> I suspect all 3 compilers are conforming implementation's (in this
    > regard) of our beloved C++ Standard.


    No. Looks like only 'g++' was able to produce the correct result. The
    'msvc' and 'bcc32' are not conforming in this respect. As for 'msvc',
    this problem existed in version 6 as well.

    --
    Best regards,
    Andrey Tarasevich
    Brainbench C and C++ Programming MVP
    Andrey Tarasevich, Aug 5, 2003
    #15
  16. Andrey Tarasevich wrote in news::

    >> struct arrayHolder
    >> {
    >> char a[100];
    >> arrayHolder() : a() {}
    >> };

    >



    >> I fouund the results a bit suprising, No Errors/Warning's
    >> (aka diagnostics) with any of the 3 compilers I tried.

    >
    > There shouldn't be any. The code is legal.
    >
    >> g++ (gcc 3.2 MingW) : OK
    >> msvc (7.1) : non 0 at 0 - OK
    >> bcc32 (borland): non 0 at 0 - OK
    >>
    >> I was really expecting (hopeing for) a diagnostic, BTW I used
    >> -W -Wall -pedantic with g++.
    >>
    >> I suspect all 3 compilers are conforming implementation's (in this
    >> regard) of our beloved C++ Standard.

    >
    > No. Looks like only 'g++' was able to produce the correct result. The
    > 'msvc' and 'bcc32' are not conforming in this respect. As for 'msvc',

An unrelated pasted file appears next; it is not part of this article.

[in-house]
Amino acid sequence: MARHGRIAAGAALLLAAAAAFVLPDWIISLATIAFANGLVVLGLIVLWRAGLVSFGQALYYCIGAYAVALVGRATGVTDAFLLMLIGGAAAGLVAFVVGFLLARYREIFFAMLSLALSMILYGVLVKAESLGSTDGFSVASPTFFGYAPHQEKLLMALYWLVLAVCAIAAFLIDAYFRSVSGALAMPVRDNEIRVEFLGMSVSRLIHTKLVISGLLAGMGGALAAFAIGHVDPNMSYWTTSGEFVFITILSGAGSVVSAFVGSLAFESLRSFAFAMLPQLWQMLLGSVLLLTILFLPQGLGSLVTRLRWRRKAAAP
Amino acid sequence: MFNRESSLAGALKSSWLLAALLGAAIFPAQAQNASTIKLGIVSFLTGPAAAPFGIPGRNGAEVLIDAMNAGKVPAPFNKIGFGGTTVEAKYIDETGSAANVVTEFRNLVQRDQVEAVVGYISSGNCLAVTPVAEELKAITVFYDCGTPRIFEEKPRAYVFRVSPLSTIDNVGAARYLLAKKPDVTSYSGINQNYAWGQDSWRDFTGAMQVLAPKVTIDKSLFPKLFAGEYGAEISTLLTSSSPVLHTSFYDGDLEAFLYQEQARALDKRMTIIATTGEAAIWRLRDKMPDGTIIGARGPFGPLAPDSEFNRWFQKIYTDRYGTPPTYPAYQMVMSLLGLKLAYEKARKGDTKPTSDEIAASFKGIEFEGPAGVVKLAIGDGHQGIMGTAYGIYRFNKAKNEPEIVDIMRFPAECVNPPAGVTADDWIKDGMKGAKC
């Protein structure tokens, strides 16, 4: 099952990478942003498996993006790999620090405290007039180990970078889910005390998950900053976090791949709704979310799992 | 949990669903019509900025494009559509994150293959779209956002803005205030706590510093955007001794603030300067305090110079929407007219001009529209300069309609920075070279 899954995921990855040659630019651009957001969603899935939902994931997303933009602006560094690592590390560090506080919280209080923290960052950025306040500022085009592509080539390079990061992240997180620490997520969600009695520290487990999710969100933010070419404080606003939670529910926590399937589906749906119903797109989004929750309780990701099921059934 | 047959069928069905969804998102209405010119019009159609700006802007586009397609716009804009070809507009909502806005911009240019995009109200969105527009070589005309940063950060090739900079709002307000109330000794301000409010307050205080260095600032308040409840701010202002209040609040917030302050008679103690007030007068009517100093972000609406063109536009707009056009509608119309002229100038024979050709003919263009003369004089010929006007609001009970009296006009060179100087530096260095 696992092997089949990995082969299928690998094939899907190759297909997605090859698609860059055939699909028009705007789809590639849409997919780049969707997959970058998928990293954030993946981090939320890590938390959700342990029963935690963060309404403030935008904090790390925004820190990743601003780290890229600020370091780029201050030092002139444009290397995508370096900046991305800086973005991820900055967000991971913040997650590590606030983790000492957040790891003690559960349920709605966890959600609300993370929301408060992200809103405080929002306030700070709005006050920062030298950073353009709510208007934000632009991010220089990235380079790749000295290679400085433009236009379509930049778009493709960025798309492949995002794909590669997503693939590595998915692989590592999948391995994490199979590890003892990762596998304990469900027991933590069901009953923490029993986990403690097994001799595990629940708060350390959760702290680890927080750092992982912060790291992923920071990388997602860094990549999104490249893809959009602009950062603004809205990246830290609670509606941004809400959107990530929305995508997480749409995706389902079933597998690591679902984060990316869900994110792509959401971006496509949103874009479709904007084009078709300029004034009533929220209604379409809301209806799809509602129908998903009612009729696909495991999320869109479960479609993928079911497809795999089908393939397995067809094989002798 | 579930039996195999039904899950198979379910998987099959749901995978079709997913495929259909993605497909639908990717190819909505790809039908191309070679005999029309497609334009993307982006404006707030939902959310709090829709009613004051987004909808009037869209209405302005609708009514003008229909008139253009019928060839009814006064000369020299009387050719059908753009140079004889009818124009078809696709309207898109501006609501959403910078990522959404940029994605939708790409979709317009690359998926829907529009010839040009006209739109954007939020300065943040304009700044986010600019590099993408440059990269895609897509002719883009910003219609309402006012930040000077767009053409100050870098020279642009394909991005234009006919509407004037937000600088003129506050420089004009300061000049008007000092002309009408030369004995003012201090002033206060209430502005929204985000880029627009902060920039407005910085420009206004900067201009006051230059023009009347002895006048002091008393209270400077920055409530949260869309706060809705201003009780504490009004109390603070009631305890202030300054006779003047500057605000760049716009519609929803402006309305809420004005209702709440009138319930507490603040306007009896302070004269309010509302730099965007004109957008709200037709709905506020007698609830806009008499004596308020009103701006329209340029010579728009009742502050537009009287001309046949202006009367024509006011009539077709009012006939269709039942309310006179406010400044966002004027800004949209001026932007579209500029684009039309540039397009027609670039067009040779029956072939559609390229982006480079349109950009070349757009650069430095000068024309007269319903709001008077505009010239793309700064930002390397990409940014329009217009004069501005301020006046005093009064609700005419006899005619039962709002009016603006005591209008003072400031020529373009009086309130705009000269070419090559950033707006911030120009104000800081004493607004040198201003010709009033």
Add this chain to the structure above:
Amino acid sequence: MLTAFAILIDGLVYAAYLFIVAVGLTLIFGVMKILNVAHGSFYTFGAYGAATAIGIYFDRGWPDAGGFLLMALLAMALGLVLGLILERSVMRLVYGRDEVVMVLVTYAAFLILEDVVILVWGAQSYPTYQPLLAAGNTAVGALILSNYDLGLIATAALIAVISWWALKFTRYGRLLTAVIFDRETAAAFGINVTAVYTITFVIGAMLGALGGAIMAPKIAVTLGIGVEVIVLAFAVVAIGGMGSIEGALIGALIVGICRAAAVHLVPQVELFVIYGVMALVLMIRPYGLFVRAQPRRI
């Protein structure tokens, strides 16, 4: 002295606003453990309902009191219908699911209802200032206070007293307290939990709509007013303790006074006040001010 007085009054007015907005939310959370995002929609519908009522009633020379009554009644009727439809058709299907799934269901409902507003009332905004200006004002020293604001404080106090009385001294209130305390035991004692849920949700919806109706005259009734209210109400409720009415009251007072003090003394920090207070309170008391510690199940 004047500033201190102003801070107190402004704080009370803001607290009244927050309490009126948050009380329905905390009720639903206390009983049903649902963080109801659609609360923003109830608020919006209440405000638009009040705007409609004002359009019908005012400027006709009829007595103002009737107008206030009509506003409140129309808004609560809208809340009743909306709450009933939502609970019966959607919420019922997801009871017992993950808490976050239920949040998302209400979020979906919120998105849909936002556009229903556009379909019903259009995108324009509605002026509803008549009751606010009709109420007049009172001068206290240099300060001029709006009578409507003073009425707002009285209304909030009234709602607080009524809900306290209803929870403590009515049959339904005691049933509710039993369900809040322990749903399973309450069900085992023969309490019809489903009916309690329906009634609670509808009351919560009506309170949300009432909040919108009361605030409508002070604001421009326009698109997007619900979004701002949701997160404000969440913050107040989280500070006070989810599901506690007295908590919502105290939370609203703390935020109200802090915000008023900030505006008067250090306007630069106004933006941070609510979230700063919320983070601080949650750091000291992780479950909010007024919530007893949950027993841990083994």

> this problem existed in version 6 as well.
    >


    Thanks for the correction.

    Rob.
    --
    http://www.victim-prime.dsl.pipex.com/
    Rob Williscroft, Aug 5, 2003
    #16
  17. > > which I assume to be some online C++ reference. Where can I view this
    for
    > >myself?
    > >
    > >
    > >Regards
    > >WD
    > >

    >
    > This is a reference to the ISO C++ standard document, which describes
    > the language in detail. AFAIK, there is no onlne location to view
    > this document; it is copyrighted material, and you must purchase a
    > copy. Here's one place where you can get one:
    >
    >

    http://webstore.ansi.org/ansidocstore/product.asp?sku=INCITS/ISO/IEC 148
    82%2D1998

    What is the latest version for this document? version 1.0?


    WD



    ---
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    Web Developer, Aug 6, 2003
    #17